It goes without saying that the security authorities take robust responsive measures, but the best deterrent to terrorism is for all people to share a strong determination that such acts will not be tolerated.

In the horse race at the Kochi Race Course, Haru-urara, on a 105- race consecutive losing streak, competed for its first winning race with Japan's top jockey Yutaka Take, but unfortunately only succeeded in placing tenth among eleven horses. I believe that Haru-urara's attitude of not giving up despite being beaten race after race is one that is clearly an inspiration for us all.

Last month, I watched the movie "Seabiscuit." It is a movie based on a best-selling novel about a horse and the people who believe in him and how together they work their way to glory during the time of the Depression. It is a heart-warming movie that I recommend to all of you.

No matter who you are, what you do, or where you live, you must never lose hope and keep on trying even if you fail at the first attempt.


* The title of this column "Lion Heart" is a reference to the Prime Minister's lion-like hairstyle and his unbending determination to advance structural reform.


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[Special Contribution]

The Best Team
by Ambassador Howard H. Baker, Jr.

As we celebrate 150 years of U.S.-Japan relations, I am honored to contribute to this inaugural edition of the English language version of Prime Minister Koizumi's weekly cabinet email magazine. These are historic times for our two nations. Poll after poll shows that relations between the people of Japan and the United States have never been better. We increasingly eat the same food, listen to the same music, and wear the same fashions. More importantly, we enjoy the same freedoms, and share the same values. As we see symbolized with Hideki Matsui playing here in Japan this month wearing a New York Yankee uniform, we are on the same team.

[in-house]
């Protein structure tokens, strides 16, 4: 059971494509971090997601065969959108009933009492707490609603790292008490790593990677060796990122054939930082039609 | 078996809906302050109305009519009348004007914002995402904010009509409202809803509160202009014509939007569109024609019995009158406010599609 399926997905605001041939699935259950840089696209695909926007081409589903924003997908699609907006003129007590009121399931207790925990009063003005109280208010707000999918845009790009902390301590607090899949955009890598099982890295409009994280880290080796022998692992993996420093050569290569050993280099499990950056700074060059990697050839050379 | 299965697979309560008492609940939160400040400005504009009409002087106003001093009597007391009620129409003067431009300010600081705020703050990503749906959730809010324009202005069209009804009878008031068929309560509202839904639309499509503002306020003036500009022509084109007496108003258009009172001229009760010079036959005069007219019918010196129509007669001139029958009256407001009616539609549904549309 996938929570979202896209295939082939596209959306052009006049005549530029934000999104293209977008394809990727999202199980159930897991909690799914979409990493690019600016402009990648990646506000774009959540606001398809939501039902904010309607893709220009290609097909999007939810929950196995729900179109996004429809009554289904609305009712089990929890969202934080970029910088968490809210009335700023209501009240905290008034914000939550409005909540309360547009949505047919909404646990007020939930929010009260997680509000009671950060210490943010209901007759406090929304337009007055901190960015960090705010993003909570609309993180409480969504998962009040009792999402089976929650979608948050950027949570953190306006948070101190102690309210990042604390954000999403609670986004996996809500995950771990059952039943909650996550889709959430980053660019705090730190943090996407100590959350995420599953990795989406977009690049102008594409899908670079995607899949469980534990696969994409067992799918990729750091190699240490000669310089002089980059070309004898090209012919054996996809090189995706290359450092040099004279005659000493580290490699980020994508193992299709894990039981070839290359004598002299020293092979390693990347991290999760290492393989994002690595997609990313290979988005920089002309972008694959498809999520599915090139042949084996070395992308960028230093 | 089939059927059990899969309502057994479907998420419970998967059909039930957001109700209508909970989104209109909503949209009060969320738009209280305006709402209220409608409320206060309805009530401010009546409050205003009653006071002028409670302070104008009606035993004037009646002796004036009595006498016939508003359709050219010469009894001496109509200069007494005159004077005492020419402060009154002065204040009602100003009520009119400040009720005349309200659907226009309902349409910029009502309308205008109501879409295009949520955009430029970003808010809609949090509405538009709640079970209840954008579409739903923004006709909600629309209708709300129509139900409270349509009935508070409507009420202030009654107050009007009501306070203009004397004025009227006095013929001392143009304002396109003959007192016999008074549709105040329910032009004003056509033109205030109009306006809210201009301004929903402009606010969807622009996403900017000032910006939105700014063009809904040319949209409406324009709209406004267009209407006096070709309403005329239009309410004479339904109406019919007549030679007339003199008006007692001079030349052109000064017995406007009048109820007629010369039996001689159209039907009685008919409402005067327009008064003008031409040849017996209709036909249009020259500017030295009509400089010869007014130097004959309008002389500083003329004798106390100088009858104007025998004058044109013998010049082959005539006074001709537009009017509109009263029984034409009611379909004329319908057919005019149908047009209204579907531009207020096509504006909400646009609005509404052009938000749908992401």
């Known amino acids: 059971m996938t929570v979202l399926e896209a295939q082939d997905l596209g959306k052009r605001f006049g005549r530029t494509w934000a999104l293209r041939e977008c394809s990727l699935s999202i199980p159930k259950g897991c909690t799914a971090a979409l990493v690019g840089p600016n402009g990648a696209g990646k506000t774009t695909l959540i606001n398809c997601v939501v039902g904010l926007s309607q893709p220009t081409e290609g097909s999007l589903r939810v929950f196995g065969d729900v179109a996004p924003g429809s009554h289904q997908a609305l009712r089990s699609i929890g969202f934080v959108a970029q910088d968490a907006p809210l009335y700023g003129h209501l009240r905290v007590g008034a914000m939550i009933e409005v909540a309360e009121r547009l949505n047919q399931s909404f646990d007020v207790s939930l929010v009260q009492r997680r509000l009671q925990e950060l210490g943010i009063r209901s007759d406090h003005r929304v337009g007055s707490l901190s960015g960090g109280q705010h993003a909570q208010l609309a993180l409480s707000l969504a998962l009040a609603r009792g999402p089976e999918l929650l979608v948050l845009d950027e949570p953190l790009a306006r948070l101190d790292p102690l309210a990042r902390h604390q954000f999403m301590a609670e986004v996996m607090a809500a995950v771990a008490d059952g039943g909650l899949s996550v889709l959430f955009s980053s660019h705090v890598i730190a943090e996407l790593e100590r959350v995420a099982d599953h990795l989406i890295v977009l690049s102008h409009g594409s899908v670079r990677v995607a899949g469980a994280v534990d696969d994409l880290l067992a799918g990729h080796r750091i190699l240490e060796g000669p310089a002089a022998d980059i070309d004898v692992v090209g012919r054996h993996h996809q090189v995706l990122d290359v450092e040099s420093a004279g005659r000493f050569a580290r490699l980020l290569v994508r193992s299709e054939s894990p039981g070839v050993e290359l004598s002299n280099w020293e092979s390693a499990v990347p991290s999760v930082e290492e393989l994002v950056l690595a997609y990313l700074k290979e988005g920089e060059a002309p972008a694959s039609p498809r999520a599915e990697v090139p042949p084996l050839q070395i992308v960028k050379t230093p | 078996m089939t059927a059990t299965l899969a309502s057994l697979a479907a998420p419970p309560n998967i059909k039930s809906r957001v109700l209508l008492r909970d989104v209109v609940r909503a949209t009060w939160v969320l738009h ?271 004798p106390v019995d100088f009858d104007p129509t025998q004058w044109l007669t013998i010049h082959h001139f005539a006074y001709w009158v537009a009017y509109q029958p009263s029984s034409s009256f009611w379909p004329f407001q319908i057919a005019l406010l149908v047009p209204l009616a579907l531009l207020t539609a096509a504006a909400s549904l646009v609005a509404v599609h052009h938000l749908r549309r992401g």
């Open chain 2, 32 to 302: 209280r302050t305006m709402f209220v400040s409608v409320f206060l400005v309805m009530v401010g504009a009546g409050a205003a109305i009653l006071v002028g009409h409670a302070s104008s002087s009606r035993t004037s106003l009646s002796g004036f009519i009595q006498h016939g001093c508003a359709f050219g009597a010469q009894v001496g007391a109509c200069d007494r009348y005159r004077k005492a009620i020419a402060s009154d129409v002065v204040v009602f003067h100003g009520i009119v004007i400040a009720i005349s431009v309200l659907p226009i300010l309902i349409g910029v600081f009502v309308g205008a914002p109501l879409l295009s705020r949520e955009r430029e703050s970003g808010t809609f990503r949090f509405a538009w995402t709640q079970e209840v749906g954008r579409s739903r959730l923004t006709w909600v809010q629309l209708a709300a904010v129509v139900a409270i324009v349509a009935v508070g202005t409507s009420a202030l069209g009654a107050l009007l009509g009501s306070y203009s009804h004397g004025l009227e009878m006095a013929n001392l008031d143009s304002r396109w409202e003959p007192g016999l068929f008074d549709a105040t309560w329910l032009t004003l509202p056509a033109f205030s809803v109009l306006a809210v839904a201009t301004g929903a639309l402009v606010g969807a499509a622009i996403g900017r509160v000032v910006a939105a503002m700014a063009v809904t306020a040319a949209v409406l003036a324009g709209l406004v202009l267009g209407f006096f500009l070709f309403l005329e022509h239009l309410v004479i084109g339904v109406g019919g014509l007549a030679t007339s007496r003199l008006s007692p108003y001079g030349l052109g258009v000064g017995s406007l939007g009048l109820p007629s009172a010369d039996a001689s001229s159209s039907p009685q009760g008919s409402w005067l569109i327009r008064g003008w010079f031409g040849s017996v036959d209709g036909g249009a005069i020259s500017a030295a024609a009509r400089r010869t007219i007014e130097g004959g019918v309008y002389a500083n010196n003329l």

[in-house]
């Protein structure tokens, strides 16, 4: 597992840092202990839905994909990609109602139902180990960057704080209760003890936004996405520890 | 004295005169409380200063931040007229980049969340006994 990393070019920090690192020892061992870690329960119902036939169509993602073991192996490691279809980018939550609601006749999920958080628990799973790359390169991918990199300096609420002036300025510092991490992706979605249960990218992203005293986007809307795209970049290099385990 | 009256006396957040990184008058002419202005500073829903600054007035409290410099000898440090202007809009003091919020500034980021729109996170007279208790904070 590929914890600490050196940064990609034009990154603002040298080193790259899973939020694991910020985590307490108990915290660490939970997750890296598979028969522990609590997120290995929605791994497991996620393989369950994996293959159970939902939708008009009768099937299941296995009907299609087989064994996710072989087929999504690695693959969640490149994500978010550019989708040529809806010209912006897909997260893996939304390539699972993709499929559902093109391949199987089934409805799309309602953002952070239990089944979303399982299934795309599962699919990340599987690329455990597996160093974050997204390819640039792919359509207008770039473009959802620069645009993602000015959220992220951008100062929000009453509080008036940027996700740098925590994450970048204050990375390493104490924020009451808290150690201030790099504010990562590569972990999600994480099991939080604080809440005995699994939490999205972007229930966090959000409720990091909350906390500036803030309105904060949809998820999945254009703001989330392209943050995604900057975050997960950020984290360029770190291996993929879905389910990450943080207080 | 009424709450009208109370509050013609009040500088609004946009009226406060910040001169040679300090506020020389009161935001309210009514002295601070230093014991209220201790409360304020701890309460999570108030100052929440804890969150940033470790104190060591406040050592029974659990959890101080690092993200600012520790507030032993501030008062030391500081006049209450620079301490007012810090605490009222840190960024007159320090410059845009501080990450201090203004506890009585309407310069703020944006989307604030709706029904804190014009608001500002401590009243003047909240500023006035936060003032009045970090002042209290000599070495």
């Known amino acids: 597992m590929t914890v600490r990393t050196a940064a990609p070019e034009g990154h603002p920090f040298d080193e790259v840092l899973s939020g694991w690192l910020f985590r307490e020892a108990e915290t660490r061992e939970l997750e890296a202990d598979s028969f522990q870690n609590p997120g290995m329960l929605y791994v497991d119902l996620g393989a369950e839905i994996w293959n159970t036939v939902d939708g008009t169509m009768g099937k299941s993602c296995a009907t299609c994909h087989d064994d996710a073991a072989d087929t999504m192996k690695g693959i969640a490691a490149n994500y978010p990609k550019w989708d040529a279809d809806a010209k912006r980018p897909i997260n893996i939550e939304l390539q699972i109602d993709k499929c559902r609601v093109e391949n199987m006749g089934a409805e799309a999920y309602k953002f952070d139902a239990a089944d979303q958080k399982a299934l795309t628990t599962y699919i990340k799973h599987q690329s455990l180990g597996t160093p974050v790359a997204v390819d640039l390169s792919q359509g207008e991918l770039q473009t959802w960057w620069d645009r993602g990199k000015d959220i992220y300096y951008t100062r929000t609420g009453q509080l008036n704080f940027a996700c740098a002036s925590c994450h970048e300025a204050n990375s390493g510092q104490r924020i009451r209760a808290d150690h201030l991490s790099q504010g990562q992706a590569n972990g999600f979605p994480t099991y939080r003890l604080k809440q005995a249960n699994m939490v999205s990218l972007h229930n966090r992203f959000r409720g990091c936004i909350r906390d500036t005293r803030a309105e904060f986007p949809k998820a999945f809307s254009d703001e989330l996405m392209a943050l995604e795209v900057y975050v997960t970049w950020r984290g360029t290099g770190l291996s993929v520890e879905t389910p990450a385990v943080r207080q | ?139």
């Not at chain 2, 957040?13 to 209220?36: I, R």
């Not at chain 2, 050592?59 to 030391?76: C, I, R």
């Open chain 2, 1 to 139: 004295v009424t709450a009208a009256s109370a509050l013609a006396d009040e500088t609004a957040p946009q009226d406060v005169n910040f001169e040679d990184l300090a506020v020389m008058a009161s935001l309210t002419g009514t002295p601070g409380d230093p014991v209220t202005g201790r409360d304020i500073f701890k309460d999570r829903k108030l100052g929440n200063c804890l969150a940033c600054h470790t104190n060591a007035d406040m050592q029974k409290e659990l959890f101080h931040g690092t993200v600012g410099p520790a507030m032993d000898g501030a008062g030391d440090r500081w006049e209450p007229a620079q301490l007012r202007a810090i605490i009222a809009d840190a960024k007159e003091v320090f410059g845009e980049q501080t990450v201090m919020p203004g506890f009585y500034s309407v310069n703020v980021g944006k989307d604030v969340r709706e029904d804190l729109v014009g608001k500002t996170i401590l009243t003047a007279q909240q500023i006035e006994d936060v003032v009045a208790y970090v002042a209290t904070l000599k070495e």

As teammates, we work together for a common purpose, especially when the game is on the line. The President and the Prime Minister, our governments and our citizens all agree on what is important. We want peace and prosperity. We want security from terrorism and the threat of weapons of mass destruction. We want to fight the plagues of disease and despair. We want to foster education and enlightenment. We want human rights and human dignity for all. We want everyone to be free to think and speak and worship as they choose. We want to make the world safe for today and tomorrow, so that our children and our grandchildren will inherit a future of possibility and hope.